Robert J. Stevens last night informed Lockheed Martin’s board of directors that he intended to retire as the company’s Chief Executive Officer, and the board then voted to elevate his long-expected successor, Christopher E. Kubasik, to the CEO post effective January 1, 2013. Stevens will remain Chairman of the Board until January 1, 2014, subject to the approval of the board. Marillyn Hewson, currently Executive Vice President of the company’s sprawling Electronic Systems segment, will succeed Kubasik as Chief Operating Officer of the world’s largest defense contractor.
This succession has been in the works for some time, and should unfold seamlessly. Kubasik and Hewson are well known in the investment community, and have deeper understanding of Lockheed Martin operations than just about anybody other than Stevens himself. Kubasik, a certified public accountant, served as head of the Electronic Systems business, Chief Financial Officer and Controller prior to becoming Chief Operating Officer in 2010; his interactions with Wall Street during the time he was CFO played a crucial role in restoring investor confidence in the company’s performance. Hewson headed a diverse array of company units focusing mainly on logistics and sustainment prior to becoming EVP at Electronic Systems; she also chairs the board at Sandia Corporation and is a director of chemical maker DuPont.
There will be plenty of time for shareholders and stakeholders to learn more about the new team before Bob Stevens vacates the chairman’s job 20 months from now. But a moment of reflection is indicated right now about what a huge loss to the defense sector Bob Stevens’ departure from active management will be. Like several other senior executives who have run Lockheed Martin in recent times, Stevens is a person born in modest circumstances who made himself into one of the leading intellects and industrial leaders of his generation. His career trajectory is not unlike that of Carnegie and Rockefeller, progressing at a startling pace once it took off because his talents were so well-suited to the changing needs of a major economic sector. In Stevens’ case that sector was the defense industry, which by the time he joined it had become an engine of innovation for the whole nation. Surrounded by managers who were developing lasers, digital networks, stealthy airframes and the Internet, Stevens ultimately became more successful than any of them.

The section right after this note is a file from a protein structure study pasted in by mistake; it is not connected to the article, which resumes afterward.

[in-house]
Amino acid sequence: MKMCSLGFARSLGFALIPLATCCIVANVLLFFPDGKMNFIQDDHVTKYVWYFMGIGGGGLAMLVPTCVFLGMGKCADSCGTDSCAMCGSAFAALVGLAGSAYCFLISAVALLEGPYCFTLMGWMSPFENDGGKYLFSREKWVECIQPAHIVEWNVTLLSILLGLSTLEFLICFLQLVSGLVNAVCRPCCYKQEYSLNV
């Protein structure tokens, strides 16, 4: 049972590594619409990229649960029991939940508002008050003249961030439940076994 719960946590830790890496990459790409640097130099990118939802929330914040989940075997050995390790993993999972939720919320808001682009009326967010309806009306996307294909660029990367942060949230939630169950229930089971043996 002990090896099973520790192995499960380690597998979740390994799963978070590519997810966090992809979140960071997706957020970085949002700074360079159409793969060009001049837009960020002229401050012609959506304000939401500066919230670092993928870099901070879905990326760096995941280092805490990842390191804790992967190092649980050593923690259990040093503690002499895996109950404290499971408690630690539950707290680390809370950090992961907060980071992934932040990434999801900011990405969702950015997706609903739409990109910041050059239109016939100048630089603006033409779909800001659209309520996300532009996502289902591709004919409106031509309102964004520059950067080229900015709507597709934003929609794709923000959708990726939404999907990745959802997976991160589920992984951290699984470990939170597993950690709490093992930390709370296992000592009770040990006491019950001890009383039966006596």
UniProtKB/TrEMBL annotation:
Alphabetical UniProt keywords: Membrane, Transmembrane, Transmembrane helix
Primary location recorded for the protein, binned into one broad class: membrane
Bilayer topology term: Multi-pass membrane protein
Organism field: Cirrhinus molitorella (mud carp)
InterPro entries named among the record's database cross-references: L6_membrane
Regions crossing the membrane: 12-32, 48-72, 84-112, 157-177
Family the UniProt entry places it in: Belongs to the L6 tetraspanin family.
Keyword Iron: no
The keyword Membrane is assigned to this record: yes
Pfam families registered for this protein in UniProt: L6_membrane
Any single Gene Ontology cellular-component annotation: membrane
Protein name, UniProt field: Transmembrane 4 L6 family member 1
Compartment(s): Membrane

Success in his case was about a lot more than money. When Bob Stevens became President and Chief Operating Officer of Lockheed Martin in October of 2000 following a series of company mis-steps and purges, it had a corporate culture worthy of former Yugoslavia and business prospects to match. The company was losing key competitions left and right, and Stevens might not have even made it to the ranks of top executives had so many of his superiors not been forced out. But as he rose to become CEO in 2004 and Chairman of the Board in 2005, a remarkable corporate transformation began to take hold. All the legacy rivalries that divided employees began to melt away and teamwork became the hallmark of Lockheed’s culture. Lost franchises were wrested back from competitors not up to the task of sustaining them, and troubled programs were gradually put back on track. At the human level, Bob Stevens’ humility and attention to detail took hold as a model for other executives, so that Lockheed Martin now has the most open and collaborative culture in the sector.
Most outsiders will never fully grasp how important Bob Stevens’ tenure has been to the long-term strength of the enterprise. But if you just look at how far Lockheed Martin has come over the last dozen years, you can get some sense of his contribution. Lockheed Martin dominates virtually every market segment in which it operates, from information systems to tactical aircraft to naval electronics to military space to missile defense. And because of the business practices that Stevens helped put in place, it will be a leading player in other markets that are only now coming into focus, like cybersecurity and next-generation tactical vehicles. Lockheed Martin has been blessed by a number of advantages over the last several years that have helped it to consolidate sector leadership, including a strong management team, extraordinary technical depth, and competitors who repeatedly over-reached. But if you want to know what its number-one advantage was in the new millennium, that asset is easy to identify. It was Bob Stevens.
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